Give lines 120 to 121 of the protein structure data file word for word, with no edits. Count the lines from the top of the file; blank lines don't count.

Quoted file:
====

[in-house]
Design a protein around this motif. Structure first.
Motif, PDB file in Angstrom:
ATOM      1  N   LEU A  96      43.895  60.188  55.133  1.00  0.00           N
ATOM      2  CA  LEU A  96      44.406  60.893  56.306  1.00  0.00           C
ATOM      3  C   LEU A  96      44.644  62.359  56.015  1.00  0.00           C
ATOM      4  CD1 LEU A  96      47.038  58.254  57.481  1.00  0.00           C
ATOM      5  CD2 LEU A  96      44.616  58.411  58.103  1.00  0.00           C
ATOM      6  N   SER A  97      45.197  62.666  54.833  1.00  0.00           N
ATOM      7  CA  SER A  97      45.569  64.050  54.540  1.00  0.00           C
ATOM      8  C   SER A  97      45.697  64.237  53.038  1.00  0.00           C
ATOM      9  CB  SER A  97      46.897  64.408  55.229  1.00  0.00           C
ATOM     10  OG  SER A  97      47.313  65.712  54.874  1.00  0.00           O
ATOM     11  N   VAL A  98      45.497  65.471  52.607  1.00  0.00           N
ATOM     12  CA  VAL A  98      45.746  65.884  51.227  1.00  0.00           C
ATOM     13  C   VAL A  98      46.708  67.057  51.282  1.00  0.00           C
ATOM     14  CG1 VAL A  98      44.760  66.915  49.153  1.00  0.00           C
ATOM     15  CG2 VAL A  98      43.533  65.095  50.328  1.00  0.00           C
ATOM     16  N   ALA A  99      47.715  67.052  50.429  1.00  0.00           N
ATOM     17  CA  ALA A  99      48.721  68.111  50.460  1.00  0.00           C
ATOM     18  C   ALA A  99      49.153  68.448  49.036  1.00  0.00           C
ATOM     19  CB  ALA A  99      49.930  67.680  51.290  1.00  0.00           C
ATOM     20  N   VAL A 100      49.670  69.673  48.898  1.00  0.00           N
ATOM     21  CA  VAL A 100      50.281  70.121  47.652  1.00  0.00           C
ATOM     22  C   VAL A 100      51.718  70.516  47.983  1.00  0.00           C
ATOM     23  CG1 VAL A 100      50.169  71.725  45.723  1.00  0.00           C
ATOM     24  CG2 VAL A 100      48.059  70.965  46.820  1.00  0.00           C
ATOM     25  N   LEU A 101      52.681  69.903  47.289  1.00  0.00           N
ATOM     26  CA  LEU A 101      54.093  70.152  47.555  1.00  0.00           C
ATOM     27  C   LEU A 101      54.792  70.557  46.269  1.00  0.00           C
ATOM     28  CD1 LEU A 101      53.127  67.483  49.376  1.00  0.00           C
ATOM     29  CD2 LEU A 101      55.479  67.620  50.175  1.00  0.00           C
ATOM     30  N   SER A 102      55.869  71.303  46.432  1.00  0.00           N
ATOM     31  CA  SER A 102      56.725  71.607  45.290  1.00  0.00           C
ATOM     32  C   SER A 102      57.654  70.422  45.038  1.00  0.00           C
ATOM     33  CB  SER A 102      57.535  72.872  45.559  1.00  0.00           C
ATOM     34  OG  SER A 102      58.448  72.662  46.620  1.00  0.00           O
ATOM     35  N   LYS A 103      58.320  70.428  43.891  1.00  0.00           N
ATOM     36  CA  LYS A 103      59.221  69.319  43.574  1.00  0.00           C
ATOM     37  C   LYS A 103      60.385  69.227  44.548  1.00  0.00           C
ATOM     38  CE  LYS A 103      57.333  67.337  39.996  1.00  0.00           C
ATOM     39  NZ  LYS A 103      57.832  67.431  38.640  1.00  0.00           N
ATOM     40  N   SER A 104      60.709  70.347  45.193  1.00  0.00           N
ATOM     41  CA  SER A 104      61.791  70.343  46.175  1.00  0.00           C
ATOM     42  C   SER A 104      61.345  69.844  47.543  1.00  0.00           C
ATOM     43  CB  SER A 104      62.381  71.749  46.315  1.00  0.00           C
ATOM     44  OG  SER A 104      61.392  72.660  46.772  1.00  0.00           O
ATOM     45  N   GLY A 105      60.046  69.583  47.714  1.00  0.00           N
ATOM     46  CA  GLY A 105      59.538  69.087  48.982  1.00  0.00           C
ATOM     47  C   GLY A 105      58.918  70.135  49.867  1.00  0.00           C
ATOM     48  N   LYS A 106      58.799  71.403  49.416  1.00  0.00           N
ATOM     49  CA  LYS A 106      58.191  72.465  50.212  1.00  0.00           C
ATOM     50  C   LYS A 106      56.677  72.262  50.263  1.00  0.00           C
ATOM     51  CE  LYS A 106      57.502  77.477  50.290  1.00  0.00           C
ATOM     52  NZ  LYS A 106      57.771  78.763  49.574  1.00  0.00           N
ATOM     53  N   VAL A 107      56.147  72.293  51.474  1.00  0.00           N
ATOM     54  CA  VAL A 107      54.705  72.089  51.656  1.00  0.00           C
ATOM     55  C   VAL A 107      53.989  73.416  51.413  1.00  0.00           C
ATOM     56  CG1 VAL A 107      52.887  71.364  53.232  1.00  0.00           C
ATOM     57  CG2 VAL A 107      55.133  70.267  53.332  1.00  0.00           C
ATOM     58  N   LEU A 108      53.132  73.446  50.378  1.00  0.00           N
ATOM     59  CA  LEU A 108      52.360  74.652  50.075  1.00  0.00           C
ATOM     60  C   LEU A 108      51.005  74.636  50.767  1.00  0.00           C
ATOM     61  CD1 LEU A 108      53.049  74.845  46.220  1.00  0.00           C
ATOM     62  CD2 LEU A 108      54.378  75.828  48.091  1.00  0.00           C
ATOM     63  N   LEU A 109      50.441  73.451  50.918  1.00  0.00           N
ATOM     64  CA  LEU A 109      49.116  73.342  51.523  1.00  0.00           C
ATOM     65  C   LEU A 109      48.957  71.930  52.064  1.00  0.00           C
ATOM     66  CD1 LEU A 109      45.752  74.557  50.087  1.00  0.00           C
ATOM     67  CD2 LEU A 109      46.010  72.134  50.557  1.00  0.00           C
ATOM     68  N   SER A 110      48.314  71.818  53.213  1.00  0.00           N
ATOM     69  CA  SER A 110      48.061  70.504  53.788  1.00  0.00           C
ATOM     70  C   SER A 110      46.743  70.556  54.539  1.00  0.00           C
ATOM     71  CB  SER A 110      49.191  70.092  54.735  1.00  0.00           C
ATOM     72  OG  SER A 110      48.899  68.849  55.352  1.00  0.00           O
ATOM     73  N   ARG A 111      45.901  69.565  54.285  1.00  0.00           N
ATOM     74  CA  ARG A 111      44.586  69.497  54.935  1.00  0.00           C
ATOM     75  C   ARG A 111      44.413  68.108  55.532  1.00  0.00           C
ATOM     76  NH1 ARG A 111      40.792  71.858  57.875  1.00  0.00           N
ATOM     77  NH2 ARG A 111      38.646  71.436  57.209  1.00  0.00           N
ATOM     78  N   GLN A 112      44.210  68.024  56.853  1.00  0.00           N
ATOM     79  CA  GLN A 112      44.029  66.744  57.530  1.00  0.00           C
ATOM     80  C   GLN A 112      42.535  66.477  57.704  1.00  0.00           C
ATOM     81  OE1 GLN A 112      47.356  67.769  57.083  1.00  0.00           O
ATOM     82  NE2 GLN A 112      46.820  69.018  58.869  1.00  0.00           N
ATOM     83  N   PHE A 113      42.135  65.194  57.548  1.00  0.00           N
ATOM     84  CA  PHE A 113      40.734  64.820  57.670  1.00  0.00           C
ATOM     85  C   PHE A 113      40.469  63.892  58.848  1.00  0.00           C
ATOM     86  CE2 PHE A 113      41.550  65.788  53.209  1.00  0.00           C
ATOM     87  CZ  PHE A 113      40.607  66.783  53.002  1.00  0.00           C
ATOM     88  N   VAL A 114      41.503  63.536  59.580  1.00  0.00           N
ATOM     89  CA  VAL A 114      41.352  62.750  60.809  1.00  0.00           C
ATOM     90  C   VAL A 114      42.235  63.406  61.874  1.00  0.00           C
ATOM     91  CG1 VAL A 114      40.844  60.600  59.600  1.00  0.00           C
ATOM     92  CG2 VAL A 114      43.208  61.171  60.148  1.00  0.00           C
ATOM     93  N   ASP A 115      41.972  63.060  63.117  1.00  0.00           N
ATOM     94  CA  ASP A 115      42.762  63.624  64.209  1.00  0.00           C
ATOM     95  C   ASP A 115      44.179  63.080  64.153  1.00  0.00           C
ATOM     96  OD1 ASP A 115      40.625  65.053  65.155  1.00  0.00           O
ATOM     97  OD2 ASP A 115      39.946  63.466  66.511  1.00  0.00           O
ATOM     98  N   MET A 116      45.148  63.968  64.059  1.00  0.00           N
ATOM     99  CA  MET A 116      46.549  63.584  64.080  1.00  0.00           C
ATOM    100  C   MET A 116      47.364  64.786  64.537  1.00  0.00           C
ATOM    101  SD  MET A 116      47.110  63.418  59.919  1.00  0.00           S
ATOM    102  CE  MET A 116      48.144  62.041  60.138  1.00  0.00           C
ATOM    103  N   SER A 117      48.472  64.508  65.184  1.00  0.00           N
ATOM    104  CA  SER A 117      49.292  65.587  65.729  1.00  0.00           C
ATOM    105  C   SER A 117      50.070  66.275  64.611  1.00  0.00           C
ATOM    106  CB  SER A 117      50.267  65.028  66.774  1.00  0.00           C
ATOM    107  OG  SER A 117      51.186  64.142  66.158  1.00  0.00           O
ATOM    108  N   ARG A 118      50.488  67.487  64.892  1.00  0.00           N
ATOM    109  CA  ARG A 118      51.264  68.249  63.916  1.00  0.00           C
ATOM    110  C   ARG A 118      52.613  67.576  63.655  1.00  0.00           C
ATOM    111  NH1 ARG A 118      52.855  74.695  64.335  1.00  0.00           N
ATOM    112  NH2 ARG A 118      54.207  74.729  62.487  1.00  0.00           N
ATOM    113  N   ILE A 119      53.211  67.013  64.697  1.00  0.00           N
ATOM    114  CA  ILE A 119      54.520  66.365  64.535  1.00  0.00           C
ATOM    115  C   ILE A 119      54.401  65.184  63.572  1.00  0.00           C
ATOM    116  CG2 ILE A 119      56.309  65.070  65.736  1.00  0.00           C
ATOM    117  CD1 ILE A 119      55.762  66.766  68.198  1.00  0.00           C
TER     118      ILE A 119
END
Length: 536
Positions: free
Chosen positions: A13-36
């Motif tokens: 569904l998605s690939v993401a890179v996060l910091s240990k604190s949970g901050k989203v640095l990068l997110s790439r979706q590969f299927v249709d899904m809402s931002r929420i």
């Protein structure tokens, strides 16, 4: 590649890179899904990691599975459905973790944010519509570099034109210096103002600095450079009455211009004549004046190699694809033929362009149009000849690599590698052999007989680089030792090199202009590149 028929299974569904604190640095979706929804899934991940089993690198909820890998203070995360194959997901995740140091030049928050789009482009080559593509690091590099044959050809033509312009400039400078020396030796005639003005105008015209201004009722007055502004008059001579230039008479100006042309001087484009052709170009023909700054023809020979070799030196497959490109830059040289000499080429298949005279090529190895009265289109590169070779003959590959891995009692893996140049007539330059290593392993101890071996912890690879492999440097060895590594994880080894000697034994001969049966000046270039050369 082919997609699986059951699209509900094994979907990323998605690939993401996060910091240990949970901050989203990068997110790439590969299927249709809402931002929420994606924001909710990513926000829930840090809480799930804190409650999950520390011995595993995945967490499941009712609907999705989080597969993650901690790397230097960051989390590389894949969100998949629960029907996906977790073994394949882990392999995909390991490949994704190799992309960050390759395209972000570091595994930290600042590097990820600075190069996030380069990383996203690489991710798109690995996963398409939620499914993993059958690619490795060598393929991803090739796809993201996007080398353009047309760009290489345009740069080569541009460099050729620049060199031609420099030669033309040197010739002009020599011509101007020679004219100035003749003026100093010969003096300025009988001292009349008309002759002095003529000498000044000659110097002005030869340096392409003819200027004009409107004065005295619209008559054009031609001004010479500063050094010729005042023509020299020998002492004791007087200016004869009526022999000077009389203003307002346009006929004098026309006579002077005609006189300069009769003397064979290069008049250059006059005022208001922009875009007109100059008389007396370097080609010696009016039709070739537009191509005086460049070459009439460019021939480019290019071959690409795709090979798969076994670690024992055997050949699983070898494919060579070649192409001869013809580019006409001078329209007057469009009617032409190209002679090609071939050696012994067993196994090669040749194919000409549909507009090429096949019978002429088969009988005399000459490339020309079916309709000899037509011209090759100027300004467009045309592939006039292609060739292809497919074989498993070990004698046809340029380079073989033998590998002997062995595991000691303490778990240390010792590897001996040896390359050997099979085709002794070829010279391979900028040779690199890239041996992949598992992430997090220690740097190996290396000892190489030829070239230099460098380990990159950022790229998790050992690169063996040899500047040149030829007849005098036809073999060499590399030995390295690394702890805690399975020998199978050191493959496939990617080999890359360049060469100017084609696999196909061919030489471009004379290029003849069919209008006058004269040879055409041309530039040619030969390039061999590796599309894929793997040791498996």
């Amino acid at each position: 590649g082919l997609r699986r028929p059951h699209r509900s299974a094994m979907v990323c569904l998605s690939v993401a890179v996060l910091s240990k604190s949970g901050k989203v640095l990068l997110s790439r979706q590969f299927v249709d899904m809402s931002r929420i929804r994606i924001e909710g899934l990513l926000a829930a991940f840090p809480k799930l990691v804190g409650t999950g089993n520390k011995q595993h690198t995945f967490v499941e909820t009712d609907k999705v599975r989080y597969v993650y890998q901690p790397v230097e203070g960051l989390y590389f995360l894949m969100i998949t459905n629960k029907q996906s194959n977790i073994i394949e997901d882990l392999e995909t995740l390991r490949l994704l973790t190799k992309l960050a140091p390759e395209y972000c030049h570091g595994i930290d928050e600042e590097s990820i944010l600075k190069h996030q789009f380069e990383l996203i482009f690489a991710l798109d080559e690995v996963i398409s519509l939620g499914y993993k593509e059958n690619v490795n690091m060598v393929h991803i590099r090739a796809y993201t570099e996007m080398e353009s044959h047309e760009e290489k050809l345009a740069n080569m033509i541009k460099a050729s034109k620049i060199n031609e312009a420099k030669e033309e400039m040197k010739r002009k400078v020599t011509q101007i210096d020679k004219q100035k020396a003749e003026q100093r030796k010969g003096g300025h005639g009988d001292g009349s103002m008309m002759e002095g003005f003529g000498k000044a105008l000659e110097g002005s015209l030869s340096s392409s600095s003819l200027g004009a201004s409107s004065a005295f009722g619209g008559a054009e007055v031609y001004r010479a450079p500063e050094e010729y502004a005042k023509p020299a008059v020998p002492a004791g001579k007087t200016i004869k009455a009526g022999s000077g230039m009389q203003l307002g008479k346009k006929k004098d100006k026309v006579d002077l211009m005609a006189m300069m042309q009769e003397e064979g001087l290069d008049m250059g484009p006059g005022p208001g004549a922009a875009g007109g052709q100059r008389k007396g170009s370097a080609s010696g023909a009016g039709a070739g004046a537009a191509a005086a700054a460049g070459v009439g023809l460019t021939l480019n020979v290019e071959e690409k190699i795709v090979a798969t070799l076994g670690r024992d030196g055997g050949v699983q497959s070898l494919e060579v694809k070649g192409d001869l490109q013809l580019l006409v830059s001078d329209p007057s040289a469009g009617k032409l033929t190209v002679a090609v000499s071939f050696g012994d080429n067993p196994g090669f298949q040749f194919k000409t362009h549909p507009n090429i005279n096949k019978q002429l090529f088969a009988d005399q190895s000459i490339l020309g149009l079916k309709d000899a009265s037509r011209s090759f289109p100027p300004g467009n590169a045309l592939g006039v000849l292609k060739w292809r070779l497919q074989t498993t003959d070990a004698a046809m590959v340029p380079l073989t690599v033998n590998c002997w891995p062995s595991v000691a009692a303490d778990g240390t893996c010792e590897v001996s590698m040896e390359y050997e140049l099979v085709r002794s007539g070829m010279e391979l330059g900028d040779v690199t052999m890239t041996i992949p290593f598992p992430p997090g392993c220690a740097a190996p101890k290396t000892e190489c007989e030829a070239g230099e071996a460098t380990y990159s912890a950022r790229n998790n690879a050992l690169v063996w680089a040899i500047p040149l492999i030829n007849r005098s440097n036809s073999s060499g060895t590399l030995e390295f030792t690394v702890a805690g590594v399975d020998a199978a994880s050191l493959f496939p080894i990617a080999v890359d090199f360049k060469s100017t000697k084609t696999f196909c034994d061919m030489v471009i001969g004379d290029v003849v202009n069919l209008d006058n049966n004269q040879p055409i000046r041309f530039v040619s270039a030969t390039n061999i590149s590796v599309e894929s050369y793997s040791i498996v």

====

ATOM    117  CD1 ILE A 119      55.762  66.766  68.198  1.00  0.00           C
TER     118      ILE A 119